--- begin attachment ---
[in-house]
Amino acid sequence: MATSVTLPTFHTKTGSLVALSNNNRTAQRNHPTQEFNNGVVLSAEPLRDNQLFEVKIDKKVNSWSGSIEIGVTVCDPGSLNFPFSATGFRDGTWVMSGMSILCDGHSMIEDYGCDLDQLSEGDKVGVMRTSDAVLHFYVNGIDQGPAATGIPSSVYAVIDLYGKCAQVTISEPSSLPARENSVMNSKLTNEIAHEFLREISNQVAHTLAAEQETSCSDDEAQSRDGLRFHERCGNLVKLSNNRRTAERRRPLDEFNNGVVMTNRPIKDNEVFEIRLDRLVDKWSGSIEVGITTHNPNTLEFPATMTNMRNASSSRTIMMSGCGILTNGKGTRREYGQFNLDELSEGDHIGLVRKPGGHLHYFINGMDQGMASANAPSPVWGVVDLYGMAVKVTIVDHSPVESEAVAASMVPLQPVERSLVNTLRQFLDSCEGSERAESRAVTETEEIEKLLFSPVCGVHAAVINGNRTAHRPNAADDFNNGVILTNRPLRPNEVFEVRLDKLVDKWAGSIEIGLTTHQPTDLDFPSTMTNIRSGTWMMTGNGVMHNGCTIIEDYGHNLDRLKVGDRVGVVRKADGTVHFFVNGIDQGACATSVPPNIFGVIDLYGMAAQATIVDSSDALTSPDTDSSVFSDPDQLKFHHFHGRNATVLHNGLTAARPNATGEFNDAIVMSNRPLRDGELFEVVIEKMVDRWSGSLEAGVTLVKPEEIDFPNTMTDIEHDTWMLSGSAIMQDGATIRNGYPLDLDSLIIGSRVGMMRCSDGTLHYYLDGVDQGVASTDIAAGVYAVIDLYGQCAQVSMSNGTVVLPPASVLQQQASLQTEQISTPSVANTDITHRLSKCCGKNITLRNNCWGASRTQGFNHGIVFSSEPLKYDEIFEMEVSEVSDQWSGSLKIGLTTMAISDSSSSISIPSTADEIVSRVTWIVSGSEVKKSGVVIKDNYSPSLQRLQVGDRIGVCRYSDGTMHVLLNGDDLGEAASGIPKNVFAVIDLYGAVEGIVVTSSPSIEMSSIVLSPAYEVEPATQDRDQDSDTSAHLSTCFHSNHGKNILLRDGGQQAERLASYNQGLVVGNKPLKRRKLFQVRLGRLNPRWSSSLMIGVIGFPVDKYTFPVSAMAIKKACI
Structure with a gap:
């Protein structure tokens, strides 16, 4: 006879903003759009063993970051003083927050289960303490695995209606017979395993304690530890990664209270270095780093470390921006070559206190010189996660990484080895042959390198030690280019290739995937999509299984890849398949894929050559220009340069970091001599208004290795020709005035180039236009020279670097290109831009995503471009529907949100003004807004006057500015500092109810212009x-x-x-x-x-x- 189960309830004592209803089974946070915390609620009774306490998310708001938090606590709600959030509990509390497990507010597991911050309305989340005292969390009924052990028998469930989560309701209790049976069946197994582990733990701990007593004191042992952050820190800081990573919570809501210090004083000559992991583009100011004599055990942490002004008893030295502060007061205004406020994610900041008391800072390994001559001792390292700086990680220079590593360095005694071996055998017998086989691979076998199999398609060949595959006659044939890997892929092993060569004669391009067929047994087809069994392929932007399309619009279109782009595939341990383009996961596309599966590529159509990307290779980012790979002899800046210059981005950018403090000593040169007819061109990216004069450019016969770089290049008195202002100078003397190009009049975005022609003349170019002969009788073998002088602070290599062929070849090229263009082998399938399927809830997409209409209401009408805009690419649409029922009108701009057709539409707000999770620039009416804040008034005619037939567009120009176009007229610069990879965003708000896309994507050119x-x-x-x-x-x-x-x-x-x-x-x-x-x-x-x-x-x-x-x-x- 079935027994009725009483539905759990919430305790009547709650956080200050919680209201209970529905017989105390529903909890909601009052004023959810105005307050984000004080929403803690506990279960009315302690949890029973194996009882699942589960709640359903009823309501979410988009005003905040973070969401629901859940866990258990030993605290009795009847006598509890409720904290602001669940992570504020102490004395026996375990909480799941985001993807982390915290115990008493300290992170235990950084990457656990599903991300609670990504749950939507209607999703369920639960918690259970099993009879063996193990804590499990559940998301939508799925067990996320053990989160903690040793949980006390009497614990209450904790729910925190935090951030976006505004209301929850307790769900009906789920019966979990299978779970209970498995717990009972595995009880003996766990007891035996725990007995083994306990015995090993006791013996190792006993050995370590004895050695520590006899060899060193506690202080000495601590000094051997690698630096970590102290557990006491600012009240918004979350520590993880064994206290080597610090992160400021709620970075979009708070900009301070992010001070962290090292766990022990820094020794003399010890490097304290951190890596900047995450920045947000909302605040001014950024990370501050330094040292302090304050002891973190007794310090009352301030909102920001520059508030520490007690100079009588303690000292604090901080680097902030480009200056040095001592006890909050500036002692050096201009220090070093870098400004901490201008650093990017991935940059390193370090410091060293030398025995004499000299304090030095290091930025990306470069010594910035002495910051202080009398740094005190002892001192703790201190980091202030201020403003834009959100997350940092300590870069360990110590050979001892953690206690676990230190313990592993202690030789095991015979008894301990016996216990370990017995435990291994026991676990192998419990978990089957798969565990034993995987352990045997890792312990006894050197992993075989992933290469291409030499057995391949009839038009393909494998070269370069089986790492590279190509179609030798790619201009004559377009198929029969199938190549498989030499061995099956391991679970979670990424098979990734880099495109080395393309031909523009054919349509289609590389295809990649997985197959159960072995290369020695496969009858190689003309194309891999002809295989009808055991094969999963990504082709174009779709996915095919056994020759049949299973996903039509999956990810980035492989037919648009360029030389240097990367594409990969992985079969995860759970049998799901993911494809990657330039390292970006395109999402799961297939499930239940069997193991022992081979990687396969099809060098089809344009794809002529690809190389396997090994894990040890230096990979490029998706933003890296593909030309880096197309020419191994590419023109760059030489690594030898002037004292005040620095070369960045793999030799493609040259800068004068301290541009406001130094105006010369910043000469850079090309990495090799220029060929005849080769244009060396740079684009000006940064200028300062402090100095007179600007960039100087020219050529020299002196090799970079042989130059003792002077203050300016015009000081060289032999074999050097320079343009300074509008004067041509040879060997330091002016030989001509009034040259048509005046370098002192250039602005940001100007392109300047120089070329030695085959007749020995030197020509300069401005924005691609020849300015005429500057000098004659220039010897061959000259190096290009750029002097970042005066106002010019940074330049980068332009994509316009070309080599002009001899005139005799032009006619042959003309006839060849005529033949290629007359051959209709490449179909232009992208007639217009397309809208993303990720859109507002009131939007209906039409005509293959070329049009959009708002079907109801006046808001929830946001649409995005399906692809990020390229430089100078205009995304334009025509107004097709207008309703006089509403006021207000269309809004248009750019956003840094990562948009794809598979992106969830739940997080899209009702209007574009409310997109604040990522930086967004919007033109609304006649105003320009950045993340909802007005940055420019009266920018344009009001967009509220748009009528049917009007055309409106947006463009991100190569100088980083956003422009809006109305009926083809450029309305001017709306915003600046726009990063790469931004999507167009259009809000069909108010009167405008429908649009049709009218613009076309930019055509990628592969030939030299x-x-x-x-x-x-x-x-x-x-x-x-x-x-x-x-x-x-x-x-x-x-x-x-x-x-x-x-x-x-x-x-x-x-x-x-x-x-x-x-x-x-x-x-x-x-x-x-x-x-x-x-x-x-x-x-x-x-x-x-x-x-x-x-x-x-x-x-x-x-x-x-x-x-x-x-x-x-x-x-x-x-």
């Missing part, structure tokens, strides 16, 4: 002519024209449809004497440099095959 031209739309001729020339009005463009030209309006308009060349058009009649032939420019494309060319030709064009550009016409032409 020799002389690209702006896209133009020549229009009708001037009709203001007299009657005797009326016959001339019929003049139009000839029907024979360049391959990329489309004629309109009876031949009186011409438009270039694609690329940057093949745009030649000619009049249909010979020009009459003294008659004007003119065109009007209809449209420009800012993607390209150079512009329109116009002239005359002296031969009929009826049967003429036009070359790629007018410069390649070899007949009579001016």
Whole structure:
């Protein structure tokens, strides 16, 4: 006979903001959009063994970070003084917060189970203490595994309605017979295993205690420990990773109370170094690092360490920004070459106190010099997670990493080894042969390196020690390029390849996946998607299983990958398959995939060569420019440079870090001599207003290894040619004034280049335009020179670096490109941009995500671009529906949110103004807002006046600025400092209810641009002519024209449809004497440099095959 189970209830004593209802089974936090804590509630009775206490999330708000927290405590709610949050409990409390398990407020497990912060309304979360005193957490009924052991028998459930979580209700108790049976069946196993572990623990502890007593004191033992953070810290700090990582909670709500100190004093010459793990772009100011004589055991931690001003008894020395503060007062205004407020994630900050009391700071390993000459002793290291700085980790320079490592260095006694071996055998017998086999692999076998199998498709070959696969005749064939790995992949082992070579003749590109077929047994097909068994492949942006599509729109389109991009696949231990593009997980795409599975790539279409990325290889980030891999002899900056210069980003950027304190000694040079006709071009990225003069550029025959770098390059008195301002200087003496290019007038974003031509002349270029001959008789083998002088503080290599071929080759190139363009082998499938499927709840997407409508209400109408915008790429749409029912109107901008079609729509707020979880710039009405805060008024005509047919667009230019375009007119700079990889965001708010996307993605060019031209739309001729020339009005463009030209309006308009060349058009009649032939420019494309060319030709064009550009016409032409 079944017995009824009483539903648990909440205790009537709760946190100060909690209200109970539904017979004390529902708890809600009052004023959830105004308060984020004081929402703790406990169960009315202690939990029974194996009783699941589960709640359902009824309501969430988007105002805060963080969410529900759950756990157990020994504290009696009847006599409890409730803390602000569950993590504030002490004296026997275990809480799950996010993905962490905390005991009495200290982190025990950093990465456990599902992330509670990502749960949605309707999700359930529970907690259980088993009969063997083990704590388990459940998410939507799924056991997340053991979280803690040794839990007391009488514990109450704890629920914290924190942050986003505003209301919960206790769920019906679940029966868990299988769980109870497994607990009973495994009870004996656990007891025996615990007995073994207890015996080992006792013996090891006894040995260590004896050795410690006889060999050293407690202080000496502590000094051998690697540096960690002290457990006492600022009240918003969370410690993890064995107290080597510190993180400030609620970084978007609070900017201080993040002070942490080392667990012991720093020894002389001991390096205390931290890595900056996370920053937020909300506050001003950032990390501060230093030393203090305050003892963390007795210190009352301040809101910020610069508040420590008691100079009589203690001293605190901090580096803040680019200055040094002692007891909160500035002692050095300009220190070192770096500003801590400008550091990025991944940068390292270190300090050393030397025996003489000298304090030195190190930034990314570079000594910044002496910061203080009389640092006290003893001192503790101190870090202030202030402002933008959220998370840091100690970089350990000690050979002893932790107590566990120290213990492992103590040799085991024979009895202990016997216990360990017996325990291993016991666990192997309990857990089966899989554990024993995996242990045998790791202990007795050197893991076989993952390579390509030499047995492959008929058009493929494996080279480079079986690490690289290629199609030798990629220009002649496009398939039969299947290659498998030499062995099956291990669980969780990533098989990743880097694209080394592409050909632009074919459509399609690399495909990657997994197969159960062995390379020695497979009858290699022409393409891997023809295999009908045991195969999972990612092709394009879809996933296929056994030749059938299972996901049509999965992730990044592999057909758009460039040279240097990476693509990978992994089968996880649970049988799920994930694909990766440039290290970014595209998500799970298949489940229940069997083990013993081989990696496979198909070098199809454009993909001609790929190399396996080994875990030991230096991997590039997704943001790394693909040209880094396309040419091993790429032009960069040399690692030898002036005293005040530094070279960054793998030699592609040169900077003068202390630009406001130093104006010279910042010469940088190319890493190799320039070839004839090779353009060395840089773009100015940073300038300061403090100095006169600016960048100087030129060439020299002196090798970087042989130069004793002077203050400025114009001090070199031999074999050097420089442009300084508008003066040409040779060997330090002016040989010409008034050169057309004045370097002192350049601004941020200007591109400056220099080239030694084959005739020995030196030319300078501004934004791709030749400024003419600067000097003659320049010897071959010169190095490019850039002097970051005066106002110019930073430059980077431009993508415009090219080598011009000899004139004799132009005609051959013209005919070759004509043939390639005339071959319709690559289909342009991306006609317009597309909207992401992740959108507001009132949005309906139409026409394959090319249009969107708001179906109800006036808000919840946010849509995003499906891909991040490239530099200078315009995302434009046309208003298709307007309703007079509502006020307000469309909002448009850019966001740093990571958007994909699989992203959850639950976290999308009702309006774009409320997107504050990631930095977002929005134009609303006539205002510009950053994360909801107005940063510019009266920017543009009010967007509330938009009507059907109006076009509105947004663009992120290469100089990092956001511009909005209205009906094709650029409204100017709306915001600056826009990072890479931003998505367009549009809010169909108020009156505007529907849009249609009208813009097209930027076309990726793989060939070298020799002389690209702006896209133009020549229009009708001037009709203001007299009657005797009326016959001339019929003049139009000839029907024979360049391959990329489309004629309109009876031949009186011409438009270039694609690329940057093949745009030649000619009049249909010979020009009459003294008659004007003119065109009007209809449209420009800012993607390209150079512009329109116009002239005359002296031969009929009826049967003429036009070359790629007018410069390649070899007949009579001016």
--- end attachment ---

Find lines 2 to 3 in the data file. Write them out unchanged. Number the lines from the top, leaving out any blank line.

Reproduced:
Amino acid sequence: MATSVTLPTFHTKTGSLVALSNNNRTAQRNHPTQEFNNGVVLSAEPLRDNQLFEVKIDKKVNSWSGSIEIGVTVCDPGSLNFPFSATGFRDGTWVMSGMSILCDGHSMIEDYGCDLDQLSEGDKVGVMRTSDAVLHFYVNGIDQGPAATGIPSSVYAVIDLYGKCAQVTISEPSSLPARENSVMNSKLTNEIAHEFLREISNQVAHTLAAEQETSCSDDEAQSRDGLRFHERCGNLVKLSNNRRTAERRRPLDEFNNGVVMTNRPIKDNEVFEIRLDRLVDKWSGSIEVGITTHNPNTLEFPATMTNMRNASSSRTIMMSGCGILTNGKGTRREYGQFNLDELSEGDHIGLVRKPGGHLHYFINGMDQGMASANAPSPVWGVVDLYGMAVKVTIVDHSPVESEAVAASMVPLQPVERSLVNTLRQFLDSCEGSERAESRAVTETEEIEKLLFSPVCGVHAAVINGNRTAHRPNAADDFNNGVILTNRPLRPNEVFEVRLDKLVDKWAGSIEIGLTTHQPTDLDFPSTMTNIRSGTWMMTGNGVMHNGCTIIEDYGHNLDRLKVGDRVGVVRKADGTVHFFVNGIDQGACATSVPPNIFGVIDLYGMAAQATIVDSSDALTSPDTDSSVFSDPDQLKFHHFHGRNATVLHNGLTAARPNATGEFNDAIVMSNRPLRDGELFEVVIEKMVDRWSGSLEAGVTLVKPEEIDFPNTMTDIEHDTWMLSGSAIMQDGATIRNGYPLDLDSLIIGSRVGMMRCSDGTLHYYLDGVDQGVASTDIAAGVYAVIDLYGQCAQVSMSNGTVVLPPASVLQQQASLQTEQISTPSVANTDITHRLSKCCGKNITLRNNCWGASRTQGFNHGIVFSSEPLKYDEIFEMEVSEVSDQWSGSLKIGLTTMAISDSSSSISIPSTADEIVSRVTWIVSGSEVKKSGVVIKDNYSPSLQRLQVGDRIGVCRYSDGTMHVLLNGDDLGEAASGIPKNVFAVIDLYGAVEGIVVTSSPSIEMSSIVLSPAYEVEPATQDRDQDSDTSAHLSTCFHSNHGKNILLRDGGQQAERLASYNQGLVVGNKPLKRRKLFQVRLGRLNPRWSSSLMIGVIGFPVDKYTFPVSAMAIKKACI
Structure with a gap: